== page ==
Mom & Pop

rom the start, I’ll admit a bias this time. I’ve adored the hard-to-pindown work of Tokyo Police Club of Ontario, Canada, since purchasing the first releases, “A Lesson in Crime” and “Smith,” in immediate succession during high school. At the same time, I’m not beyond acknowledging faults. I don’t don rose-colored glasses every time I enjoy something. It’s like the movies that you grew up on—you still love them, but you’re fully aware of glaring flaws. However, the insane truth of Tokyo Police Club’s newest full-length album, “Forcefield,” is that it’s incredibly difficult to

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MUSIC | live

Music listings are due noon Monday to be included in print and online listings: music@jacksonfreepress.com.

April 30 - Wednesday

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Thursday, May 1st

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10 - close $1 PBR & Highlife $2 Margaritas 10pm - 12am

UPCOMING SHOWS

April 30 - April 6, 2014

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Friday, May 2nd

TALENT SEARCH NIGHT Local bands tryout for gigs On stage w/ pro sound & lights Both bars open

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TUESDAY

Wednesday, April 30th

5/8: Bernie Worrell Orchestra Featuring B ernie Worrell of Talking Heads & Parliament Funkadelic 5/9: The Quickening 5/10: S am Holt B and 5/16: That Scoundrel CD Release Show 5/31: Greenhouse Lounge SEE OUR NEW MENU

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Tuesday, May 6th

MOOT DAVIS 6:30, No Cover

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Burgers & Blues - Jesse “Guitar” Smith 5:30 p.m. Duling Hall - Johnnyswim 7:30 p.m. $15 advance $20 door ardenland.net Fitzgerald’s - Johnny Barranco 4:30 p.m., Steve Williams 8 p.m. Hamp’s Place - Best in Hip-Hop w/Aziatikk Blakk Kathryn’s - Larry Brewer & Doug Hurd 6:30 p.m. M Bar - 50 Cent Wednesdays w/DJ Durdy Costello 7 p.m. free McB’s - Brian Jones 8 p.m. Shucker’s - Kern Pratt & The Accused 8 p.m. Soul Wired Cafe - BAM Social 5:30 p.m. Underground 119 - Plus One Jazz Trio 6:30 p.m. free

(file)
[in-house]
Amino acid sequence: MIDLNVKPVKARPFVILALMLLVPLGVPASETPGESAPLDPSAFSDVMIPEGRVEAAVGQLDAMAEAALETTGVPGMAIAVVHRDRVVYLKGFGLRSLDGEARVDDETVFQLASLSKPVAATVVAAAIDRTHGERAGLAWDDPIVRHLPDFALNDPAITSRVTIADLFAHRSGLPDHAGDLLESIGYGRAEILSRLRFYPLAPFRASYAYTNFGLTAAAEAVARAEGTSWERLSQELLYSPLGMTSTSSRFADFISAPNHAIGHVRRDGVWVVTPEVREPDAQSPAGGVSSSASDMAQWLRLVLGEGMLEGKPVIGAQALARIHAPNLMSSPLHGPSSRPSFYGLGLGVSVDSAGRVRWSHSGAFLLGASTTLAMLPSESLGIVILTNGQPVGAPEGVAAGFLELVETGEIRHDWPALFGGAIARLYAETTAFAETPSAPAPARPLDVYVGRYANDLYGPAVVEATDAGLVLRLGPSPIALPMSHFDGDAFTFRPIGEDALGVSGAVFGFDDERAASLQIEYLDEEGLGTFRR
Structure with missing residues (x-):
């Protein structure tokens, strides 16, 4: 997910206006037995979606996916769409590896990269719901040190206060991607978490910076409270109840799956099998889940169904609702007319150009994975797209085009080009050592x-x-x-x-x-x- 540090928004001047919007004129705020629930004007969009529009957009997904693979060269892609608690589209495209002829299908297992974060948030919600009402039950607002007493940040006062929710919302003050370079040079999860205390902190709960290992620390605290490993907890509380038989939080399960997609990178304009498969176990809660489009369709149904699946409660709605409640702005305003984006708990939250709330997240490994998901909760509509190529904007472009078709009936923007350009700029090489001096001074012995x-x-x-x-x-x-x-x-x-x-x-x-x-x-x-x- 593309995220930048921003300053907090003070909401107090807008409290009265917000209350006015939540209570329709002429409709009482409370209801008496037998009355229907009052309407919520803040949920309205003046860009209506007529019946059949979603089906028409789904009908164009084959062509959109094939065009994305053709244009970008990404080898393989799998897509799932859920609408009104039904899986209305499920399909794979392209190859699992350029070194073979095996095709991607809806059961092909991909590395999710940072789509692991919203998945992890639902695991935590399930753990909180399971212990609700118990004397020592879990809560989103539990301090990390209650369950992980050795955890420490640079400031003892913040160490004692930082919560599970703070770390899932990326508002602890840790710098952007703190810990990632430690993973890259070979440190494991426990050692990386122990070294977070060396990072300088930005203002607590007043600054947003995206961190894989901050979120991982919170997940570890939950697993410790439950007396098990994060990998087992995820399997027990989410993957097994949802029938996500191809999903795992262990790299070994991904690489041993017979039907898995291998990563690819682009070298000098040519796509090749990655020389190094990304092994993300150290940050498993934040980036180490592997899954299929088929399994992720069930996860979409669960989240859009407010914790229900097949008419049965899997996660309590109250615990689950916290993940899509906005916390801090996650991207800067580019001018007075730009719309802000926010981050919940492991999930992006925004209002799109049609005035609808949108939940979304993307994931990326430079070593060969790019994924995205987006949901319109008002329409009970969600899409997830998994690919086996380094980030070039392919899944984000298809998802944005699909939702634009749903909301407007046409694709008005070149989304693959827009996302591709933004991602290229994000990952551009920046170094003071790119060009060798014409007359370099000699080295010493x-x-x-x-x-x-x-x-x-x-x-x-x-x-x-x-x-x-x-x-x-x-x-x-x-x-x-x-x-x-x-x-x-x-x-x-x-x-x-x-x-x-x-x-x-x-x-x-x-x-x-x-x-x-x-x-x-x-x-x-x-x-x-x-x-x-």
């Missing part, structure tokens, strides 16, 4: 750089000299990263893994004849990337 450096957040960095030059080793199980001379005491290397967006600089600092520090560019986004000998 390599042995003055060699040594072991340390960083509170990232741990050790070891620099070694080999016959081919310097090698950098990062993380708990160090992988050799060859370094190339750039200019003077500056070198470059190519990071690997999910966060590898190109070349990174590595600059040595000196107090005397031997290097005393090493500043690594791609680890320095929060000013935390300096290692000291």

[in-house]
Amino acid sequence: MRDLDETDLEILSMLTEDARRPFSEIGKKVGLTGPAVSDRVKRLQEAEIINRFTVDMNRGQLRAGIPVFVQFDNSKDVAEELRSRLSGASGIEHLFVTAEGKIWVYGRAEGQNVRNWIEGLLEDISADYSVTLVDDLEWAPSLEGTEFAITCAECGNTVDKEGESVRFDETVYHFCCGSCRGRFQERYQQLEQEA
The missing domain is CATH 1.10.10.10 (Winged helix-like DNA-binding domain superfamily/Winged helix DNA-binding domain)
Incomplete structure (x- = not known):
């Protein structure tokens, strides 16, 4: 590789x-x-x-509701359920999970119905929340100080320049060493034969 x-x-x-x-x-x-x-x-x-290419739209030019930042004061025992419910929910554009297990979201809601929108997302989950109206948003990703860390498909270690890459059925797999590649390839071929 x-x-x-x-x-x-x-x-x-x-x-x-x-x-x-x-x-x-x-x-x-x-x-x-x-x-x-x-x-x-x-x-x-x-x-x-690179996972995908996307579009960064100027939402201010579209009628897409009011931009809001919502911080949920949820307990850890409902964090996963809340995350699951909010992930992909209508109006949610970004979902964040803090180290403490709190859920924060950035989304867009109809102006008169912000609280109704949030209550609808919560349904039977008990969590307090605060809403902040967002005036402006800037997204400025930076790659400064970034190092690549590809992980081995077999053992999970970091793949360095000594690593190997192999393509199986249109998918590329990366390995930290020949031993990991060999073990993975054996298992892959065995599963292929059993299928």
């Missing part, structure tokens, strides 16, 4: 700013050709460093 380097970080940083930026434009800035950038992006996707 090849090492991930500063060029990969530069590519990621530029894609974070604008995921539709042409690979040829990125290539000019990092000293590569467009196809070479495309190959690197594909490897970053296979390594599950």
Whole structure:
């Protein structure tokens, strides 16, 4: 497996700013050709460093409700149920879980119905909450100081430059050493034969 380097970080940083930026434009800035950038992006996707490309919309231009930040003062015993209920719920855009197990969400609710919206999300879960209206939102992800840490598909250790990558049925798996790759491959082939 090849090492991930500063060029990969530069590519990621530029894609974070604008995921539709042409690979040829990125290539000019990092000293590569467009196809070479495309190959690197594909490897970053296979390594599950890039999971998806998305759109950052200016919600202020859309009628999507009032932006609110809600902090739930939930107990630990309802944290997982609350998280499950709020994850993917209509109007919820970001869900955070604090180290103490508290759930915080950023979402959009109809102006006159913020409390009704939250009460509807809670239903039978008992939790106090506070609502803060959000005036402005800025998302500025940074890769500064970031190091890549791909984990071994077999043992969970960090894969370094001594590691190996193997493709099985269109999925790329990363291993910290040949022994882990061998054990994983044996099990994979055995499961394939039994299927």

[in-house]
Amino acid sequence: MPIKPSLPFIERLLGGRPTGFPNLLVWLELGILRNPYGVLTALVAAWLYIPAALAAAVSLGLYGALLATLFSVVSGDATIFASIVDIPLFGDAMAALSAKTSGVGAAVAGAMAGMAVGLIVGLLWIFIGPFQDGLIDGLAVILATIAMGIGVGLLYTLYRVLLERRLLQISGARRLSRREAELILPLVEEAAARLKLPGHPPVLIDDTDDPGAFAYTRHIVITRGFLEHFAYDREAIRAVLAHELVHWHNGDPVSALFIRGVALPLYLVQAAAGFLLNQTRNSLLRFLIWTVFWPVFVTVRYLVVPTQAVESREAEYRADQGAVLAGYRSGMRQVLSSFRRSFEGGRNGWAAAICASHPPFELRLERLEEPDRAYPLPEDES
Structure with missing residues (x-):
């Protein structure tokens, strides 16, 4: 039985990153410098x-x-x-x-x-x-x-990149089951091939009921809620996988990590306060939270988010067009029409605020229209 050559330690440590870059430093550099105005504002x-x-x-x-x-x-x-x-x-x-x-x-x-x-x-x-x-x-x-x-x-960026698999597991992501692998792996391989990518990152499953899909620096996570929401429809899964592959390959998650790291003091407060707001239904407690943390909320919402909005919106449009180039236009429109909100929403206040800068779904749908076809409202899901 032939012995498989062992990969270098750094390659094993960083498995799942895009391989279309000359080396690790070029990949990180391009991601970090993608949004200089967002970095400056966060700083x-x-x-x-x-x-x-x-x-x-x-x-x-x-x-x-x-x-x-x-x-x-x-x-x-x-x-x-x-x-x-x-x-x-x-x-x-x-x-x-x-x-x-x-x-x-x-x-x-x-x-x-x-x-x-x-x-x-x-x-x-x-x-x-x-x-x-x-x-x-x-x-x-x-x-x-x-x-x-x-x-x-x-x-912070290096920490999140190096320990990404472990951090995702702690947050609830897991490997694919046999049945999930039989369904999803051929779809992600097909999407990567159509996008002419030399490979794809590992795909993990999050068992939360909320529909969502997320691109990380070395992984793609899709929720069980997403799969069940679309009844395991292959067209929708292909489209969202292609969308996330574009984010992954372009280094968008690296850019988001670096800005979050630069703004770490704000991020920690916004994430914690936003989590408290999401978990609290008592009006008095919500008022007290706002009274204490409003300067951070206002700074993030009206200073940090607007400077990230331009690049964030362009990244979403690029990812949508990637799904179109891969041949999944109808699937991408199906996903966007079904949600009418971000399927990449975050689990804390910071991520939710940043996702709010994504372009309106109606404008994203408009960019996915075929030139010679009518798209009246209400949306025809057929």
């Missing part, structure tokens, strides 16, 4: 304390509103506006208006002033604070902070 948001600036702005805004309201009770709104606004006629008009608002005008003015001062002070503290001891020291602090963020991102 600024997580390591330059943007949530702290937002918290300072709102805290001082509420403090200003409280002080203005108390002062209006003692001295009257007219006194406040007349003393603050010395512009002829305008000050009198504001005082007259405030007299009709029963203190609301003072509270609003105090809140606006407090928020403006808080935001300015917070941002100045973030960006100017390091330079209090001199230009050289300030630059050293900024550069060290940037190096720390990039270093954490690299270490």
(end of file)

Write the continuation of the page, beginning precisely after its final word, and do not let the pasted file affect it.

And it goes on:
May 3 - Saturday Ameristar Bottleneck Blues Bar, Vicksburg - Straighten It Out 9 p.m. free Capitol Grill - Erin & The Project 9 p.m. Cerami’s - Ron Sennett 5 p.m. free Country Club of Jackson - Evening of Wishes Gala feat. Raphael Semmes 6:30 p.m. $100 Downtown Jackson - Cinco de Mayo Festival

May 1 - Thursday City Grille, Madison - Brian Smith 5:15 p.m. F. Jones Corner - Mr. Dillon & The Jukebox midnight Fenian’s - Emerald Accent Fondren’s Fashion House & Lipstick Lounge - Ed Williams 5 p.m. Georgia Blue, Flowood - Dan Confait GeorgiaBlue,Madison-KennyDavis. Kathryn’s - Renegade 6:30 p.m. free M Bar - Sippin & Trippin Comedy Show w/DJ Shanomak 8 p.m. free Mint - Brian Jones 8:30 p.m. The Penguin - SOULed Out w/Keyone’ Edwards 8 p.m. Que Sera Sera - Buddy & The Squids Skate N Shake - Tru Skool Skate Night w/DJ Phingaprint 7:30 p.m. $10 Soul Wired Cafe - Skrilla the King Underground 119 - Heather Lutrell 7 p.m. free

May 2, 2014 - Friday Ameristar Bottleneck Blues Bar, Vicksburg - Straighten It Out 9 p.m. free Bonny Blair’s - Sid Thompson & DoubleShotz 7 p.m. Capitol Grill - Doug Franks 5 p.m. Cherokee Inn - Brian Jones 9 p.m. $5 Club 43, Canton - Jenny Cooper Duling Hall - The Wild Feathers w/Tennessee Jet 8 p.m. $12 advance $15 door ardenland.net Fenian’s - Jason Turner Georgia Blue, Flowood - Shayne Weems Georgia Blue, Madison - May Day Hamp’s Place - Best in R&B & Southern Soul Kathryn’s - Lucky Hand Blues Band 7 p.m. M Bar - Flirt Fridays w/DJ 901 free Martin’s - Chance Fisher McB’s - Jonathan Alexander 5 p.m. Ole Tavern - Chickenpox Party One Block East - Sid Thompson & DoubleShotz 9 p.m. The Penguin - One Night Only w/Tonya Boyd-Cannon 9 p.m. Pop’s Saloon - Trademark Reed Pierce’s, Byram - Snazz 9 p.m. free

courtesy of Sid thompson

WEDNESDAY

Shucker’s - Hunter Gibson & The Gators 8 p.m. $5, Triple Threat (deck) 10 p.m. free Sombra Mexican Kitchen - Dos De Mayo Soul Wired Cafe - OUTspoken Poetry 6 p.m. Underground 119 - King Edward 9 p.m. $10 The Yellow Scarf - Paperclip Scientists 9 p.m. $10 advance $15 door yellowscarf-jackson.net